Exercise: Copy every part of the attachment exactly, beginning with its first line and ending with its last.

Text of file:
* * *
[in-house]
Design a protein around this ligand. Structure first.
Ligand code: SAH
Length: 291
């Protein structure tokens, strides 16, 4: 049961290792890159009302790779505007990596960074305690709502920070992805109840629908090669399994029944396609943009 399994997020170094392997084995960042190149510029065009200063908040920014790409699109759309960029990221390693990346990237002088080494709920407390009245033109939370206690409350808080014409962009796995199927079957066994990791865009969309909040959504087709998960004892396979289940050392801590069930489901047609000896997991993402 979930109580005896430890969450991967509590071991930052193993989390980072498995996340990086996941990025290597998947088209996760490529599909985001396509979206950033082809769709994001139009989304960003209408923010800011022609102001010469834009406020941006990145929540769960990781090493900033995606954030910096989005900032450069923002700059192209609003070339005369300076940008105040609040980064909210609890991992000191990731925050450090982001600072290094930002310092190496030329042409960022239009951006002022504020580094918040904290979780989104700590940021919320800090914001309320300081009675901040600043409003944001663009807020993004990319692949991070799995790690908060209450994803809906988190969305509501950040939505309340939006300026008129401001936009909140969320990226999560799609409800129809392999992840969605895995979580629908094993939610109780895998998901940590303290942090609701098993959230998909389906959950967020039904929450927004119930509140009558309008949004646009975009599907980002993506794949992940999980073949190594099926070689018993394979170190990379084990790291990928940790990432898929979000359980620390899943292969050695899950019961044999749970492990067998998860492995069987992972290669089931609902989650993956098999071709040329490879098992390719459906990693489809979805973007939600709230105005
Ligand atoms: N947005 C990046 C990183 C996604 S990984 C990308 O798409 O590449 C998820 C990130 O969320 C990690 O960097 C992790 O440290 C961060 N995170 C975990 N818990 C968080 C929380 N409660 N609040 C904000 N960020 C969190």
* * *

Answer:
[in-house]
Design a protein around this ligand. Structure first.
Ligand code: SAH
Length: 291
């Protein structure tokens, strides 16, 4: 049961290792890159009302790779505007990596960074305690709502920070992805109840629908090669399994029944396609943009 399994997020170094392997084995960042190149510029065009200063908040920014790409699109759309960029990221390693990346990237002088080494709920407390009245033109939370206690409350808080014409962009796995199927079957066994990791865009969309909040959504087709998960004892396979289940050392801590069930489901047609000896997991993402 979930109580005896430890969450991967509590071991930052193993989390980072498995996340990086996941990025290597998947088209996760490529599909985001396509979206950033082809769709994001139009989304960003209408923010800011022609102001010469834009406020941006990145929540769960990781090493900033995606954030910096989005900032450069923002700059192209609003070339005369300076940008105040609040980064909210609890991992000191990731925050450090982001600072290094930002310092190496030329042409960022239009951006002022504020580094918040904290979780989104700590940021919320800090914001309320300081009675901040600043409003944001663009807020993004990319692949991070799995790690908060209450994803809906988190969305509501950040939505309340939006300026008129401001936009909140969320990226999560799609409800129809392999992840969605895995979580629908094993939610109780895998998901940590303290942090609701098993959230998909389906959950967020039904929450927004119930509140009558309008949004646009975009599907980002993506794949992940999980073949190594099926070689018993394979170190990379084990790291990928940790990432898929979000359980620390899943292969050695899950019961044999749970492990067998998860492995069987992972290669089931609902989650993956098999071709040329490879098992390719459906990693489809979805973007939600709230105005
Ligand atoms: N947005 C990046 C990183 C996604 S990984 C990308 O798409 O590449 C998820 C990130 O969320 C990690 O960097 C992790 O440290 C961060 N995170 C975990 N818990 C968080 C929380 N409660 N609040 C904000 N960020 C969190």